I rarely pick sob stories to encounter, mainly because my tears are dysfunctional, I cry easily. Picking up the premise of this novel, I was surprised at how I got so connected with the characters, there’s nothing in their world that I have felt personally, not that I care, but I’m happy I live a healthy life.
Cancer stories for me equate to weep fest and I’m not much of a fan, but as I listen to how Hazel Grace combat her cancer battle, be consumed at a book written by a deranged alcoholic and fell in love with a young man who got out but went back to cancer struggle, I marvelled, sighed, giggled and cried at Hazel Grace and Augustus love tale. Their frail cancer survivor bodies suspended me in a moment of unquestioning life uncertainties and has convinced me to love with all my might as if my days are numbered.
The witty and nifty narrative got my curiousity satisfied, and before I knew it, I was charmed by the brave couple who has made the best out of their unhealthy bodies. It was emotionally gratifying mostly because of how the characters resonated all throughout the story. It will make you feel their pain, woes and happiness like your own. It was as if when you held the book it became attached to your dna. It was affecting in a very reflective way that when the build up of pain reached its culmination, I was cursing on how John Green made me chuckled so much only to make me weep because he didn’t give me a happy ending. I know that it was inevitable. I know that death would emerge at one point in the book, but I was really rooting for Gus and Hazel’s Shakespeare-defying-young-love-in-sickness-and-in-health-if-death-will-make-us-part-romance.
I’ve tossed some books due to time and sleep constraints, but “The Fault in our Stars” has haunted me beautifully that it managed to snap me back on my old reading addiction. I liked that this book go through a sad note but always seeing the brighter side of the “sickness” conflict. I like that the brilliant couple saddled with their illness moved through their challenges in all honesty and bravery. I liked that the love they had even if it was fictional, started and ended with the kind of love they both felt at the same time.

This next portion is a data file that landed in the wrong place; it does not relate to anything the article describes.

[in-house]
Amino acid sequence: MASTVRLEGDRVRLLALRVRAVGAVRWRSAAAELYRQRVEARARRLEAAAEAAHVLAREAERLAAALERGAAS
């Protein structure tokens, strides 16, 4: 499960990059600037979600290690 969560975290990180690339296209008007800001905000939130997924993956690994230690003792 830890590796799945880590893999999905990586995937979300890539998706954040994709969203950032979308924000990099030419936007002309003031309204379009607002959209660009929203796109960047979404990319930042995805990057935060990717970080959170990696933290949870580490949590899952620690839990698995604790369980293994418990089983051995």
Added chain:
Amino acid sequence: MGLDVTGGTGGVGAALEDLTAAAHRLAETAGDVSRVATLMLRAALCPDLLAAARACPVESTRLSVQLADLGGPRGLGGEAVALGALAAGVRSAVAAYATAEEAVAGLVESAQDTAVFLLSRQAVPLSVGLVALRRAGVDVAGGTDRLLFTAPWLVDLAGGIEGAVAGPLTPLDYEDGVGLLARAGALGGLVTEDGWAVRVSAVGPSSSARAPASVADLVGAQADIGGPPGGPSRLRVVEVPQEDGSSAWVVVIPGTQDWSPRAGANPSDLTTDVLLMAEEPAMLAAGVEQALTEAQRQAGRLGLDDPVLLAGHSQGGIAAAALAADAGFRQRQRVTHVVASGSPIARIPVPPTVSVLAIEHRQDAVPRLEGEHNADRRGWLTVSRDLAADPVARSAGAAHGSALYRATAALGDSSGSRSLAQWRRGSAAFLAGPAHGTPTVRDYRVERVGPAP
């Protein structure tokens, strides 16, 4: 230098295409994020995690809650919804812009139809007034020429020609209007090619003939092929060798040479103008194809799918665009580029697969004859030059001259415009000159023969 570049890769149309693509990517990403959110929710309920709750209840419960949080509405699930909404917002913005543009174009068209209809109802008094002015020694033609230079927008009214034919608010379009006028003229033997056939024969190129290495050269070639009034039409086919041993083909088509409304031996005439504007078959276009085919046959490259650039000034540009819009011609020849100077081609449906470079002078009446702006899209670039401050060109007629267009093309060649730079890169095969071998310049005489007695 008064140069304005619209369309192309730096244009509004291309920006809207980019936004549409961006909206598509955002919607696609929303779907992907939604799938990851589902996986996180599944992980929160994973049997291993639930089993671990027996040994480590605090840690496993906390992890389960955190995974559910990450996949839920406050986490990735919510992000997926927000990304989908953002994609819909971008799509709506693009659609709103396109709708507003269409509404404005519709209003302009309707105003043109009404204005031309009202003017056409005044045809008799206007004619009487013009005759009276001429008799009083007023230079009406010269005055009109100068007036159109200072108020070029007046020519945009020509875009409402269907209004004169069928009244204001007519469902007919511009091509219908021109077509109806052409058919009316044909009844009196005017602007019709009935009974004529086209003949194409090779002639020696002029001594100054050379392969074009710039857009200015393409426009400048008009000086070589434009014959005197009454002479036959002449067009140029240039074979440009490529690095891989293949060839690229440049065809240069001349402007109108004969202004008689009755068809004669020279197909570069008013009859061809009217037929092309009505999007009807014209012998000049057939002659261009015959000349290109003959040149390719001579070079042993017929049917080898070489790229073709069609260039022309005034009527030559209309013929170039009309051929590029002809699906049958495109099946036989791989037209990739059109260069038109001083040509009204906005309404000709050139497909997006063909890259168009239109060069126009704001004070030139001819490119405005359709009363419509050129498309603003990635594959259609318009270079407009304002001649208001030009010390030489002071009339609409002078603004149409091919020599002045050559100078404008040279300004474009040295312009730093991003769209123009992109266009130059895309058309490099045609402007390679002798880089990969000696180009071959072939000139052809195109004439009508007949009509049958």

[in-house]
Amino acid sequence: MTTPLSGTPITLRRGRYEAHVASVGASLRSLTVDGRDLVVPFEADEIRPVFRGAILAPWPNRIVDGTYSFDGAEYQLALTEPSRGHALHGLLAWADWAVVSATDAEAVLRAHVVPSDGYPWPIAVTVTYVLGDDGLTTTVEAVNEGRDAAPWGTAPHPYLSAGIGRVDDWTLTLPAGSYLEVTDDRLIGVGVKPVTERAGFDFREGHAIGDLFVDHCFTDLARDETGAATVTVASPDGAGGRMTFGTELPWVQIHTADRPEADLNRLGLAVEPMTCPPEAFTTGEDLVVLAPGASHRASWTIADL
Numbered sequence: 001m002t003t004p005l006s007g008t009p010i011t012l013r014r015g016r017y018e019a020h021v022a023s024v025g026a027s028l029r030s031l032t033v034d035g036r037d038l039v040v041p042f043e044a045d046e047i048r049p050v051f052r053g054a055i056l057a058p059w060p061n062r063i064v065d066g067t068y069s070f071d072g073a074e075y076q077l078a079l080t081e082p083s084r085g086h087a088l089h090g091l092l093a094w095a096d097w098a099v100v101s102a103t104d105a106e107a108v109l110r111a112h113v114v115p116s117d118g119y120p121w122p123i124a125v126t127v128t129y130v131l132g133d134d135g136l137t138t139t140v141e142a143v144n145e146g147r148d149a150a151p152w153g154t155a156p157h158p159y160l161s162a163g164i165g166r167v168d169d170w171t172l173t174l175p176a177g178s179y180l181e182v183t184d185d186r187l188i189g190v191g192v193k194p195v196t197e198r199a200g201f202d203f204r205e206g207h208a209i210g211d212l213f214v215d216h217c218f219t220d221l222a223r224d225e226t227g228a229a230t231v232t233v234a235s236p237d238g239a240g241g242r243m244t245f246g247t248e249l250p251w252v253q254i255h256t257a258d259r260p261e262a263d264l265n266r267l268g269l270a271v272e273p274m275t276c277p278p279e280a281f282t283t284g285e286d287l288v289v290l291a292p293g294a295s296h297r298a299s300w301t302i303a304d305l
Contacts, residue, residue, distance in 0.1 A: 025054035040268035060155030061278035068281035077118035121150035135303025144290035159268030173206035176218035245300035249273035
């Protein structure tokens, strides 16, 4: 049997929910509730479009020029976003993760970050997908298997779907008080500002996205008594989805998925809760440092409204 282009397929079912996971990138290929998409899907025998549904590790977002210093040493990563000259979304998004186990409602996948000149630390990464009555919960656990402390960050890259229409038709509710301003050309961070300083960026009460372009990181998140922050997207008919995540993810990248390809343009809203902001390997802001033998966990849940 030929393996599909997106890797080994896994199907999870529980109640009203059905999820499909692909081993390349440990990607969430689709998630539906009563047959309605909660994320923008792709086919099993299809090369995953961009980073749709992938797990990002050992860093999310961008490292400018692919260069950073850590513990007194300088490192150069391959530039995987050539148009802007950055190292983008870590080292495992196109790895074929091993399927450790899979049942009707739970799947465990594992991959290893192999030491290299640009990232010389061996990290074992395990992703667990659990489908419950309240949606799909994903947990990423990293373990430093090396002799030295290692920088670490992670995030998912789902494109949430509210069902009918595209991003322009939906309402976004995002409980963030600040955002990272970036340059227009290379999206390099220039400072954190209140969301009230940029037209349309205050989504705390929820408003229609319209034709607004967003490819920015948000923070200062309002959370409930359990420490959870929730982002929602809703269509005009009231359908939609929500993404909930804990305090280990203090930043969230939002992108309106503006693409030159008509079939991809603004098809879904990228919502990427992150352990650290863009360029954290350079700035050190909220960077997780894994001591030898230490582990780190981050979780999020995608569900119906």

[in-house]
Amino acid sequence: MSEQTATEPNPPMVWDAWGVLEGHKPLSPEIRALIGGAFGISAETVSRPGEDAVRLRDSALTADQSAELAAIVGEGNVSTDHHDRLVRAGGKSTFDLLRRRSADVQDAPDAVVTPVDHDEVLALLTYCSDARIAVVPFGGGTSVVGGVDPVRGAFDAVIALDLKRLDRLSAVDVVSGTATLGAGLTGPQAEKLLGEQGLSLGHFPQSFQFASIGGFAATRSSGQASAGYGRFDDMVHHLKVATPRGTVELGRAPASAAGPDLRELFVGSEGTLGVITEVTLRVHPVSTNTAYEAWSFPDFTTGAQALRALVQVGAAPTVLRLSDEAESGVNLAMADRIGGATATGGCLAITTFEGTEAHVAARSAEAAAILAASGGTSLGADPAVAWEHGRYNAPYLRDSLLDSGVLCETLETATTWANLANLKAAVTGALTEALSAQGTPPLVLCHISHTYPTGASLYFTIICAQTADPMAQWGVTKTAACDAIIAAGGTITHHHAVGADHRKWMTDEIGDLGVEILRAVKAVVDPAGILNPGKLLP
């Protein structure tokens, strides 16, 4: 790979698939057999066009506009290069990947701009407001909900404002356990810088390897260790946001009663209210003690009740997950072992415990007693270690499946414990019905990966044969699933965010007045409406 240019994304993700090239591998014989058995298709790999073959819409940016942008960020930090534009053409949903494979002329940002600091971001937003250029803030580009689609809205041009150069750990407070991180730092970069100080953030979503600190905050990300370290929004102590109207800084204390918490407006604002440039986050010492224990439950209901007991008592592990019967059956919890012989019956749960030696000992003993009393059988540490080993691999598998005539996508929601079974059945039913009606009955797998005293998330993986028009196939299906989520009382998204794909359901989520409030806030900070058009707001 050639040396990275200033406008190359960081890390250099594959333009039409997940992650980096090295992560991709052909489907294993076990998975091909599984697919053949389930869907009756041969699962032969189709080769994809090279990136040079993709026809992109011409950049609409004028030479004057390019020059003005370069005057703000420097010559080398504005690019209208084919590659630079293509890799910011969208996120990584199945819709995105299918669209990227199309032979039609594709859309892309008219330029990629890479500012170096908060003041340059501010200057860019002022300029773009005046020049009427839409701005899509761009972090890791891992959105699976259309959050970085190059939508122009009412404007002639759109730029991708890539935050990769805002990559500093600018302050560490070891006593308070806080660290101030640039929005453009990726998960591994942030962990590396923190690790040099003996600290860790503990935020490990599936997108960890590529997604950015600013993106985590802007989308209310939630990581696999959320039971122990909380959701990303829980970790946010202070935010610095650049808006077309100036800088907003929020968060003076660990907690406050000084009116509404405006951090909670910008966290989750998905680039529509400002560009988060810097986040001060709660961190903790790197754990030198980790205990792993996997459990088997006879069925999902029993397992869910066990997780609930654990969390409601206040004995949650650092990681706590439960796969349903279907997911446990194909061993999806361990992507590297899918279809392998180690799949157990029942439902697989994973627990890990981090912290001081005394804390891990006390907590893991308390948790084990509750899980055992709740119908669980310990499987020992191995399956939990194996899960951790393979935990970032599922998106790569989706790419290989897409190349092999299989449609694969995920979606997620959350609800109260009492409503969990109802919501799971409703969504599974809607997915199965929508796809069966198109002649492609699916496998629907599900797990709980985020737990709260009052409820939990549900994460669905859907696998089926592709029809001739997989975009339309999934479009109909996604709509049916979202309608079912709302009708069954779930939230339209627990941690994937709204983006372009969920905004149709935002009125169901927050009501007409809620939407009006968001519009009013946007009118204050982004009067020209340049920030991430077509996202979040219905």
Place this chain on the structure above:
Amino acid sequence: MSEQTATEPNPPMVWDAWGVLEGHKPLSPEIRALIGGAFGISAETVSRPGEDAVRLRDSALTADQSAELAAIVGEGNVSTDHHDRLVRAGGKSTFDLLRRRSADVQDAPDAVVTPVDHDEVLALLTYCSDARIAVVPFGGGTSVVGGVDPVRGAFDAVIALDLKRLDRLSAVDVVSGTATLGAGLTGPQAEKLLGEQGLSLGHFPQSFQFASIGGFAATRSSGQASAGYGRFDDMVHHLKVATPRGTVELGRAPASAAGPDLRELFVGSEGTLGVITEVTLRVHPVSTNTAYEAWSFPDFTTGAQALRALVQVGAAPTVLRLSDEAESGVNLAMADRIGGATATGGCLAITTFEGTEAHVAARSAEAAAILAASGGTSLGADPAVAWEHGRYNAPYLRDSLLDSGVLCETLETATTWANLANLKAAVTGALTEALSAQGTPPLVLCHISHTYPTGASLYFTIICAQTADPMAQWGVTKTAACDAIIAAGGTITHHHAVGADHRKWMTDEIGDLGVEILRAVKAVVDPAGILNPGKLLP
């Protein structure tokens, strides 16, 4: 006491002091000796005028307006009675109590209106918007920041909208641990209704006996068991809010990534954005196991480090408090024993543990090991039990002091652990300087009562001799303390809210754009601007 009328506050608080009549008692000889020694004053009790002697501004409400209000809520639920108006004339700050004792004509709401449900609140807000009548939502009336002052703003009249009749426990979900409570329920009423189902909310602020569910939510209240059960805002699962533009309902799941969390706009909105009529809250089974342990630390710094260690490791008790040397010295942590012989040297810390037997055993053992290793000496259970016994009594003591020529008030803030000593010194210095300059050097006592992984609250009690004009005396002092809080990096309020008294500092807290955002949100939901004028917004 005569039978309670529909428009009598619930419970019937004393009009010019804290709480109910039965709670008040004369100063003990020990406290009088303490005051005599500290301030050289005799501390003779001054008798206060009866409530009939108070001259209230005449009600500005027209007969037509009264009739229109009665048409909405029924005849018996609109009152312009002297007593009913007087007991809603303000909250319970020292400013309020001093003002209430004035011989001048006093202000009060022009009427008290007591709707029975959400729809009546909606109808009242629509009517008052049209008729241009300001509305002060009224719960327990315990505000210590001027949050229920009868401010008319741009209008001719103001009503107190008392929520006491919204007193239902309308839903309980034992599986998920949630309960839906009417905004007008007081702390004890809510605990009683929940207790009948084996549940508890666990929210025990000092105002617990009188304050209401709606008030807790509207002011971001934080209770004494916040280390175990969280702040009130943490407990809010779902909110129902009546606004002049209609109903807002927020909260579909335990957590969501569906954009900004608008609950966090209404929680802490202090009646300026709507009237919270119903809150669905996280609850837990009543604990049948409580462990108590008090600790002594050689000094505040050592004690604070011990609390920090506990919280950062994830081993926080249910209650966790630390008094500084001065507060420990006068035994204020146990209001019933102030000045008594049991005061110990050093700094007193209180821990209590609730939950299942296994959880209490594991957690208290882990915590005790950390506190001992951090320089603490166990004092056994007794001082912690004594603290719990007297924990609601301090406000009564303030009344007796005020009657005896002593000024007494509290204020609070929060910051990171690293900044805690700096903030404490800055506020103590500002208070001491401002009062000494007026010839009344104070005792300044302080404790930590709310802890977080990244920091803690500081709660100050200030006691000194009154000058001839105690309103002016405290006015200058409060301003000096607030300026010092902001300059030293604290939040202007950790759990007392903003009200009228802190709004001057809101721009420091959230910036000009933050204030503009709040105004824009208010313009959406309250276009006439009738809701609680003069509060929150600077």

“That’s the thing about pain, it demands to be felt.”
“Don’t spend your wish hastily without little care for consequences.”
“I fell in love with you the way you fall asleep… slowly, and then all at once.”
“The weird thing about houses is that they always look like nothing is happening inside of them, eventhough they contain most of our lives.”
“The world is not a wish-granting factory.”
“After my PET scan lit up, I snuck into the ICU and saw her while she was unconscious. I just walked in behind a nurse with a badge and I got me to sit next to her for like ten minutes before I got caught. I really thought she was going to die before I could tell her that I was going to die too. It was brutal: the incessant haranguing of intensive care. She had this dark cancer water dripping out of her chest. Eyes closed. Intubated. But her hand was still her hand, still warm and the nails painted this almost black dark blue and I just held her hand and tried to imagine the world without us and for about one second I was a good enough person to hope she died so she would never know that I was going too. “
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